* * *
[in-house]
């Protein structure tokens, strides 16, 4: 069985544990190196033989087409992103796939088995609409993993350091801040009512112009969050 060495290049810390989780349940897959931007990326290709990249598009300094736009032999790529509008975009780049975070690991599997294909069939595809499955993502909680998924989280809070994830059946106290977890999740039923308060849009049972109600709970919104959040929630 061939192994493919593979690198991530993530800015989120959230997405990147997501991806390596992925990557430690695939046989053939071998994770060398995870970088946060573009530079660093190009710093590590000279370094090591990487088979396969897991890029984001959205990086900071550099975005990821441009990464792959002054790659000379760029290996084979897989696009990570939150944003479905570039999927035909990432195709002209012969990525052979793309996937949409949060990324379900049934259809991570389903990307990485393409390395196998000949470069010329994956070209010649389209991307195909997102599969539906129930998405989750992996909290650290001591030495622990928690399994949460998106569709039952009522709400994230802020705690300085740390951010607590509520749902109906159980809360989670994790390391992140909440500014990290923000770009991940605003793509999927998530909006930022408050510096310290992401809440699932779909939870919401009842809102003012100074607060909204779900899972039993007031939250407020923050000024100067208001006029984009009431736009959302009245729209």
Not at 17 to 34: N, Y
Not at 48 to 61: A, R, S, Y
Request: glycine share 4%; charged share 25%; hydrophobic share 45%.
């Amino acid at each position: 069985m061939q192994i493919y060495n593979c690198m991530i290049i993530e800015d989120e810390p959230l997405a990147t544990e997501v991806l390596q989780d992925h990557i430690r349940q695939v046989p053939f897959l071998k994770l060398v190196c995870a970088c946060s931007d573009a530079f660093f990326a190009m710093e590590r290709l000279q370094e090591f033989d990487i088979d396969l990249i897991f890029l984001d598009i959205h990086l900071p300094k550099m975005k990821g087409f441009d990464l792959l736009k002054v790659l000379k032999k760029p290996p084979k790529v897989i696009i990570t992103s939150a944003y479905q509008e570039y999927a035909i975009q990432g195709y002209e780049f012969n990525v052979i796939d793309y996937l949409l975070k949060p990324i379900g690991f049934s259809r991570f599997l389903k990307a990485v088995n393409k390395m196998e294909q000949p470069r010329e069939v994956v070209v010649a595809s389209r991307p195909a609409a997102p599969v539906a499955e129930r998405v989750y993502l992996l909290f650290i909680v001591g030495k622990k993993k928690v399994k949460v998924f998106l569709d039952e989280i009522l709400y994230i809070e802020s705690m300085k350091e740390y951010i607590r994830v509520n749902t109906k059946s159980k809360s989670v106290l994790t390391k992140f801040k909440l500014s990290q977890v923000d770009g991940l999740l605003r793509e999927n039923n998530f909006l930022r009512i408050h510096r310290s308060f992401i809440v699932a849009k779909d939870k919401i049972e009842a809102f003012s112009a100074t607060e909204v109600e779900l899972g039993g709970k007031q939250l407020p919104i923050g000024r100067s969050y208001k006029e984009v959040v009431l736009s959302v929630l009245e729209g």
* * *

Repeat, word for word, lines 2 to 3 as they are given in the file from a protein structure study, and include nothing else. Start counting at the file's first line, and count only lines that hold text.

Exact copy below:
């Protein structure tokens, strides 16, 4: 069985544990190196033989087409992103796939088995609409993993350091801040009512112009969050 060495290049810390989780349940897959931007990326290709990249598009300094736009032999790529509008975009780049975070690991599997294909069939595809499955993502909680998924989280809070994830059946106290977890999740039923308060849009049972109600709970919104959040929630 061939192994493919593979690198991530993530800015989120959230997405990147997501991806390596992925990557430690695939046989053939071998994770060398995870970088946060573009530079660093190009710093590590000279370094090591990487088979396969897991890029984001959205990086900071550099975005990821441009990464792959002054790659000379760029290996084979897989696009990570939150944003479905570039999927035909990432195709002209012969990525052979793309996937949409949060990324379900049934259809991570389903990307990485393409390395196998000949470069010329994956070209010649389209991307195909997102599969539906129930998405989750992996909290650290001591030495622990928690399994949460998106569709039952009522709400994230802020705690300085740390951010607590509520749902109906159980809360989670994790390391992140909440500014990290923000770009991940605003793509999927998530909006930022408050510096310290992401809440699932779909939870919401009842809102003012100074607060909204779900899972039993007031939250407020923050000024100067208001006029984009009431736009959302009245729209």
Not at 17 to 34: N, Y